Recently, the Economist reported that the mobile phone industry was on a quest to find the soul of the smartphone. This is an unusually of poetic turn, for a newspaper that emphasizes prose and exposition. What is striking to me about this article is that it is a discussion of what a smartphone isn’t. Not about what it is. Nor about what it does.

So the next time you are tempted to apply the smart-noun-smart-bomb, don’t. It is not in your interest. Not to mention your consuming public’s. 

All innovators want to generate excitement. When a concept is first named and defined it is fragile. To define a concept as smart-anything explains little, rather it adds a burden of mystery that you would be expected alleviate. After all, how hard can it be to simply explain: smart at (performing) what?

For example, a smart grid is capable of sensing both supply and demand and is therefore aware.  Such awareness ‘enables the new technology to send pricing messages about when energy conscious customers might best turn on appliances like dishwashers and washing machines’. Such awareness thinly reminds us of intelligence. And yet that awareness isn’t complete enough to recognize when red wine will stain clothing – much less recognize when Kasparov moves a queen in a threatening manner.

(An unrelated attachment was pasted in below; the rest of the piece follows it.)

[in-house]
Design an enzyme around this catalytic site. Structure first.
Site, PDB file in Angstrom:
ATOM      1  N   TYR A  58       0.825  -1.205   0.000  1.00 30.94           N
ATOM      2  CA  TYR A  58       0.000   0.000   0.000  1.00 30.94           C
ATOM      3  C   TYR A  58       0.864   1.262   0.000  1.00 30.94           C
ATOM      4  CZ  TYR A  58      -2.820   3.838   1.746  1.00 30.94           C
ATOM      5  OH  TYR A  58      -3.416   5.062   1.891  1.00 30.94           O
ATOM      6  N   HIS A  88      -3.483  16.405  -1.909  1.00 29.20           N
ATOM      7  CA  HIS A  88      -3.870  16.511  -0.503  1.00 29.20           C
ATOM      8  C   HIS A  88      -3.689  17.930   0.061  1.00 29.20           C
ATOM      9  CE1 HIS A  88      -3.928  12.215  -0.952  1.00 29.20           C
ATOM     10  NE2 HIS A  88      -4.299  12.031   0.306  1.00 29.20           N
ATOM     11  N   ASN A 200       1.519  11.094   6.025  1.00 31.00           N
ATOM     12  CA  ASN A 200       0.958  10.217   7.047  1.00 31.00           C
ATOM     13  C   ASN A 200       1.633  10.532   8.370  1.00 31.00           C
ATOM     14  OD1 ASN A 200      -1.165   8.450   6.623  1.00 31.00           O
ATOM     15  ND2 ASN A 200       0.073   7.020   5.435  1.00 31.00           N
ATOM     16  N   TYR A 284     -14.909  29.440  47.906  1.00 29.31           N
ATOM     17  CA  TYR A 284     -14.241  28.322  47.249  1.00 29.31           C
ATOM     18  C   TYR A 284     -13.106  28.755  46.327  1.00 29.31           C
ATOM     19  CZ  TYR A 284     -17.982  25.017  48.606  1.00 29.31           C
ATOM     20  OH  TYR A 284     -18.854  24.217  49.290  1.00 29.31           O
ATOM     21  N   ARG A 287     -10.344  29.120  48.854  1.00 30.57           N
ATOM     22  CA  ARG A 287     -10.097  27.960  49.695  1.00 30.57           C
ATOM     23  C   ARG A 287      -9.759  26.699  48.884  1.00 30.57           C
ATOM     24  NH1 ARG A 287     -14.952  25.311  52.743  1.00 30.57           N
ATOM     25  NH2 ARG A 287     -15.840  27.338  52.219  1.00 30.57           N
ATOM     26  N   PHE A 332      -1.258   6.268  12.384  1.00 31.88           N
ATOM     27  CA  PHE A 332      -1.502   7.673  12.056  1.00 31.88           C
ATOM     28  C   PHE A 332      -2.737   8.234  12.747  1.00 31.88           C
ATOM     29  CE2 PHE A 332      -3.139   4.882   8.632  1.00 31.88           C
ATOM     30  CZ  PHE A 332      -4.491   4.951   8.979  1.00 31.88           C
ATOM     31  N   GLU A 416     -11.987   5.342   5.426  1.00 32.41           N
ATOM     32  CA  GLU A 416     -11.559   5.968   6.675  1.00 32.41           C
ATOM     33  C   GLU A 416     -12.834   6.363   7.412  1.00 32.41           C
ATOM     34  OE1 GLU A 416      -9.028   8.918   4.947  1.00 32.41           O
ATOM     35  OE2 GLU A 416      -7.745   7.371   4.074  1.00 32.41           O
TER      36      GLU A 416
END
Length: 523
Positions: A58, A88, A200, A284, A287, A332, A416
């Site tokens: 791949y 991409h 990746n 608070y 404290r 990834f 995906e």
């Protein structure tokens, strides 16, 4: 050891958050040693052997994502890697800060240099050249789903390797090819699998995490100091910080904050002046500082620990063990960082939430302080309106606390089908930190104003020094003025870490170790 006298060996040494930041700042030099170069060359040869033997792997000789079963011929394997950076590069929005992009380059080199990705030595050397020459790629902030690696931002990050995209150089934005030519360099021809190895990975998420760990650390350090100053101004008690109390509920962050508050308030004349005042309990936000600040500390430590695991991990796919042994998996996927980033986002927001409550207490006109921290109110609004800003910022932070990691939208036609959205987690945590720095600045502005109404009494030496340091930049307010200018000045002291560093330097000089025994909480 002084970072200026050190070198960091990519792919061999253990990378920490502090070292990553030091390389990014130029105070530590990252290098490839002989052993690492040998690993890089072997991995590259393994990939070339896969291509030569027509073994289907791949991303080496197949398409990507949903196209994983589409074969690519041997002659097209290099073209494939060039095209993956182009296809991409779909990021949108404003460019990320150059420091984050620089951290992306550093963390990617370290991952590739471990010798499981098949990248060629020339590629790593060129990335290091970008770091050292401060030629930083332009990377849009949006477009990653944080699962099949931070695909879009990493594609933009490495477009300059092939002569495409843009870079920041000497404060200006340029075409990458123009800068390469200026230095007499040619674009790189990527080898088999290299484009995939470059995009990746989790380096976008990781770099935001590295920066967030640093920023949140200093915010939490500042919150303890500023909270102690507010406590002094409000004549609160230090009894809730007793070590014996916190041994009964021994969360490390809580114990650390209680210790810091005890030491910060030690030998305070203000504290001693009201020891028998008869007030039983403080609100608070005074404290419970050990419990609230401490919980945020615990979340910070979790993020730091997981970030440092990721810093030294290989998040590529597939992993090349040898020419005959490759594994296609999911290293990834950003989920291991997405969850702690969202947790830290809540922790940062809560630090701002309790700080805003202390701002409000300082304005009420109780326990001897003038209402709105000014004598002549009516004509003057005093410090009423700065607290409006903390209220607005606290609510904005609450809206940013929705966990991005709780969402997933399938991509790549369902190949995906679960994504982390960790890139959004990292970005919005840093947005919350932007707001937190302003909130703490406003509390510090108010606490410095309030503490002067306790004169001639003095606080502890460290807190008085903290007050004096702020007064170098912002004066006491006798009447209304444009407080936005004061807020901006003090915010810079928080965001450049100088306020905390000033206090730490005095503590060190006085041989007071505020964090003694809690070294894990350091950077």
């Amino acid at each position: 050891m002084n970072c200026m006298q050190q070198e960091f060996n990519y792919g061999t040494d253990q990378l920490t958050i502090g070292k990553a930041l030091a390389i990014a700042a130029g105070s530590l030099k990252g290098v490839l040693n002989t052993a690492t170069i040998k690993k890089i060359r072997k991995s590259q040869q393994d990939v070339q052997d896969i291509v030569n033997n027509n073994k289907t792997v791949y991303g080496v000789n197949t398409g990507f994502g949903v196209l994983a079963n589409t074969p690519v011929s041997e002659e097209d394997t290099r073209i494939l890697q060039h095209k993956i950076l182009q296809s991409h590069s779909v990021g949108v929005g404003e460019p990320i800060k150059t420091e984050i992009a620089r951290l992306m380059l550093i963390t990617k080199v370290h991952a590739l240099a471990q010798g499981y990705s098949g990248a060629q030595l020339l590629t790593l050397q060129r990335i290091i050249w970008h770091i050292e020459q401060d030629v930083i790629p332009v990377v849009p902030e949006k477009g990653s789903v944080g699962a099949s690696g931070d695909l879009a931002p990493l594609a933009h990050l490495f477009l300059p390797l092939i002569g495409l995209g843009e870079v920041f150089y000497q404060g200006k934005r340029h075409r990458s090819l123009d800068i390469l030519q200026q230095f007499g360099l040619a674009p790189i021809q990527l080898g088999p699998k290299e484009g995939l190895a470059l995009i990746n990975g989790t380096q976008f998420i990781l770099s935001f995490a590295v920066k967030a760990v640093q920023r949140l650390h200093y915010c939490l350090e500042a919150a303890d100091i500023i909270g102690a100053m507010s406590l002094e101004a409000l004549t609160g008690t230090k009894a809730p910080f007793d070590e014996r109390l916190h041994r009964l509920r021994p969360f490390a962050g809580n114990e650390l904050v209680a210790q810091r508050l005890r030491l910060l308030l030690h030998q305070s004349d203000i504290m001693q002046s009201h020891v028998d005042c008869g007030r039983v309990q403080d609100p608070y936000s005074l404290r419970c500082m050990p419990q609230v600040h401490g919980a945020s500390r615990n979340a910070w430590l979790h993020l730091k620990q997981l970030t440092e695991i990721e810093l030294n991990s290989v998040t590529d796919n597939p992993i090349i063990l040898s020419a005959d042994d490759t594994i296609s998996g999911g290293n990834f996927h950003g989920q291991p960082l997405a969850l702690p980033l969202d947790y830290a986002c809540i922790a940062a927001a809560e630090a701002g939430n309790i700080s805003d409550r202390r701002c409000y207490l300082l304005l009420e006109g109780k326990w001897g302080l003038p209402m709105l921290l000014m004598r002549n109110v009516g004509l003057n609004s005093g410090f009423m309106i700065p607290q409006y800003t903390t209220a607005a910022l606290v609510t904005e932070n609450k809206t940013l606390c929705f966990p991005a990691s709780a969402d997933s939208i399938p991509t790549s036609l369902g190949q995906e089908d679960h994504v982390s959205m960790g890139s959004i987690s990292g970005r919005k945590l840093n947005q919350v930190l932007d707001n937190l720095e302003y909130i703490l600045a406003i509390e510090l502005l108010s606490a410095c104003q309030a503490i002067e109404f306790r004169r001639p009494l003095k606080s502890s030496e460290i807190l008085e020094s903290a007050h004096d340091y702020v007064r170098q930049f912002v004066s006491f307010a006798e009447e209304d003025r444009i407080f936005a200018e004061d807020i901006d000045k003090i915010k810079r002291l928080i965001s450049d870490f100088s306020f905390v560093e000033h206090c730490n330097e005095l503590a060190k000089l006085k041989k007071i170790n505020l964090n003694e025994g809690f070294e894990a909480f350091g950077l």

In On Intelligence, Jeff Hawkins argues that intelligence comes down to one thing. The capability to recognize ‘what’s new (here)?’ Societies have made enormous strides with technology. But the next time you think that we have developed sentient-anything, I urge you to configure a new printer on a network – the experience feels anything but smart.

If it is all so comical why does this naming convention persist? And what harm is there in a little robo-fantasy, anyway? To my eyes there are two practices getting conflated: concept definition and branding. The former attends to explaining what some thing is (or will be when it gets made some day) as well as what it meant to do for the user. The latter activity is about explaining how an offering will make you feel, relative to other offerings that exist currently in a market. When we conflate them we probably mean no more harm than to imagine a successful entry to the market. All the same, what some technology enables is very different than how it makes a person feel about the experience. 

More often than not defining new concepts has more to with meaning and nuance about the human condition than performing technological headstands. Mohamad Yunus illustrates how important a clear definition can be: